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This Mandala Phatty Cake is a shu puerh. For you non tea-drinkers (what are you doing here?!?!), this means it was artificially “cooked” to imitate an aged sheng (raw) puerh. This process usually involves piling the tea leaves in a warm, humid environment. The leaves are turned over regularly. In essence, the tea leaves are being composted.
This particular tea comes from Mandala Tea, an excellent tea shop and online tea store based in Rochester, Minnesota. The 2011 Phatty Cake is wildly popular in the internet tea world. Steepster, Reddit r/tea, and TeaChat are all full of glowing reviews for this shu puerh.
The leaves for this cake were picked in Lincang, Yunnan Province in 2006 and then ripened in 2007. In 2011, the ripened leaves were pressed into cute little 100 g cakes.
Normally when I brew puerh, I like to break off a large chunk or two and then have a few smaller leaves in the pot as well. However, since I’m towards the very end of this cake I could only break off this giant piece. The dried leaves are darker brown, as shu puerhs tend to be. This cake has a lot more variety than most shu puerhs I’ve seen…there are some lighter brown leaves and some darker brown leaves. The leaf size ranges from tiny and almost dust like all the way to entire leaves.
This lovely chunk of shu has that deep, earthy smell that is typical of shu puerhs. The cake is very densely compacted, and was a bit hard to break apart with my tea pick.
For this tea, I used my designated shu yixing pot. I bought this lovely little guy in the Yingge Ceramics District of New Taipei City in Taiwan. I bought it from a group of old ladies on the side of the road that had a little teaware shop. I can never resist buying something from cute old Taiwanese ladies.
I weighed out 8 g of this tea for my sample. I gave this tea two ten second rinses. Normally I only give puerhs one rinse, but since this chunk of tea was so solid I thought it would need another ten seconds to open up.
The first steep was an incredibly dark shade of reddish-brown, approaching completely black. And this was only a 15 second steep! You can’t even see the bottom of the cup.
You may notice the white mist on the surface of the tea. Apparently these are tiny microdroplets of water that are actually levitating above the surface of the tea. How fascinating! This phenomenon was discovered by Takahiro Umeki and his team of physicists out of Kyoto University in Japan.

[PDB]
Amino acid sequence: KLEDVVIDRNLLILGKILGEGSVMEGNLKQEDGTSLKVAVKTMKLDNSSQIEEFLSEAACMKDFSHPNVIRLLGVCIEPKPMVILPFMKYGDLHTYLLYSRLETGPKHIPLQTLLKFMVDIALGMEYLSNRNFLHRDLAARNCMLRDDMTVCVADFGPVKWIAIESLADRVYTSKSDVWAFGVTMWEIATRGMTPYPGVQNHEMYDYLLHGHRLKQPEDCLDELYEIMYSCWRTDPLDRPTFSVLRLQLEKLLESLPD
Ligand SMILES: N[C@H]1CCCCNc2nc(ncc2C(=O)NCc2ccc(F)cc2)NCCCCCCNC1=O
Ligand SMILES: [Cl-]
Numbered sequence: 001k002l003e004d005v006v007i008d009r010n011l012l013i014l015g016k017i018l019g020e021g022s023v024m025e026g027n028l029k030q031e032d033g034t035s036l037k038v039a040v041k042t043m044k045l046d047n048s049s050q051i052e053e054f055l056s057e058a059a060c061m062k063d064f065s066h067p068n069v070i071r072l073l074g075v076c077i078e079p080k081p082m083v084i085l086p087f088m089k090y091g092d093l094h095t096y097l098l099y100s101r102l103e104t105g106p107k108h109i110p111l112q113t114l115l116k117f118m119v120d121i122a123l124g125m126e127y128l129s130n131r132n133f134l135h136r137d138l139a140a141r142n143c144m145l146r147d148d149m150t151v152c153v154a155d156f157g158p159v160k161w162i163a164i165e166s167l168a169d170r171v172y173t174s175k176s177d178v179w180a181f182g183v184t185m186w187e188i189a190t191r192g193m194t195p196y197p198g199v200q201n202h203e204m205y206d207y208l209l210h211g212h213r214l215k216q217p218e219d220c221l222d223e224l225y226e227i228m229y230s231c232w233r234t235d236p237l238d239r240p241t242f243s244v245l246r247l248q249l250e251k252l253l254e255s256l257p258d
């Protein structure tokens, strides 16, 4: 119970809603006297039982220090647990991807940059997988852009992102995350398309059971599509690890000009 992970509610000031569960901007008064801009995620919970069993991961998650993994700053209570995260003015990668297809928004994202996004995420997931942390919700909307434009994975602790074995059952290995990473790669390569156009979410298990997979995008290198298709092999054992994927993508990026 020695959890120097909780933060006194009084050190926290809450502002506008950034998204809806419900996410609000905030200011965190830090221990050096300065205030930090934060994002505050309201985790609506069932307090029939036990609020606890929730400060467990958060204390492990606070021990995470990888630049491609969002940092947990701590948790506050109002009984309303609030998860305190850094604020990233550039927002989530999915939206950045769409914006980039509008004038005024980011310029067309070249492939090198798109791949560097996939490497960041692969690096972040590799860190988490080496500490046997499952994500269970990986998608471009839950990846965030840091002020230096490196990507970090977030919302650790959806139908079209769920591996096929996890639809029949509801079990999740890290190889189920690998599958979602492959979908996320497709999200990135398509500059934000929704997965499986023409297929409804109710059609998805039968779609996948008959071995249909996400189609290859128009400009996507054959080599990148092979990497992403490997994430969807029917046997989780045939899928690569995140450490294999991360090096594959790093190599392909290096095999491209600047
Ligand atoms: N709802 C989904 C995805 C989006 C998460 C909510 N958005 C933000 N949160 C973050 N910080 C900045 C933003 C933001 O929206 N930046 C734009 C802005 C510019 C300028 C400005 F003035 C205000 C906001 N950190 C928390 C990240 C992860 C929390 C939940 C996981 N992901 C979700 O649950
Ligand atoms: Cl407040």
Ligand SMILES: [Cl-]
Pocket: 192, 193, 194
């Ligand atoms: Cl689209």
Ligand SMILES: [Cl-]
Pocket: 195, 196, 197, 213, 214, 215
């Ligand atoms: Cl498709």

You can read a bit more about it at http://www.marshaln.com/2015/01/that-white-mist/. http://www.marshaln.com is also one of the very best tea blogs on the internet, so you should check it out anyways. https://medium.com/the-physics-arxiv-blog/the-mystery-of-the-white-mist-on-the-surface-of-black-coffee-a1a9624edfde also has a nice article about Umeki’s discoveries.
The first thing I noticed about this tea is that it is super clean tasting, as most other reviewers have noted. There is absolutely none of the “funk” of fishiness that you often find in shu puerhs. The initial taste is very leathery and earthy. This typical puerh flavor is boosted by a delicious savory taste, very mushroom like. As far as tea tastes go, mushroom might not be to your liking…but I certainly enjoyed it in this tea.Perhaps the most noticeable aspect of this tea is its texture. This tea is very thick and heavy, even for a shu. It is oddly filling, like a meal in a cup! The tea has a really pleasant sweet aftertaste.
This is about the fourth or fifth steep. You can see that the tea has lightened up a little bit to a reddish-brown color. Even after five steeps, the tea is still incredibly heavy and thick. A lot of the mushroomy/savory notes have faded into a sort of medicinal or herbal note. This might not sound good, but I found it quite pleasant. There are so many flavors in this one puerhs. I was impressed by this tea’s complexity.
I lightened up the steep times to 8-10 seconds for the remaining steeps. I easily got over 15 steeps out of this one 8 g chunk of tea, and I certainly could have gotten some more out of the tea. This tea is incredibly strong and potent, as most reviewers have noticed. I love teas that have this aspect, but unless you are really into shu puerhs, I don’t think you would like this tea.
The finished leaf is nothing too exciting to look at, since it’s a compressed puerh. But the leaves looked pretty full and high quality.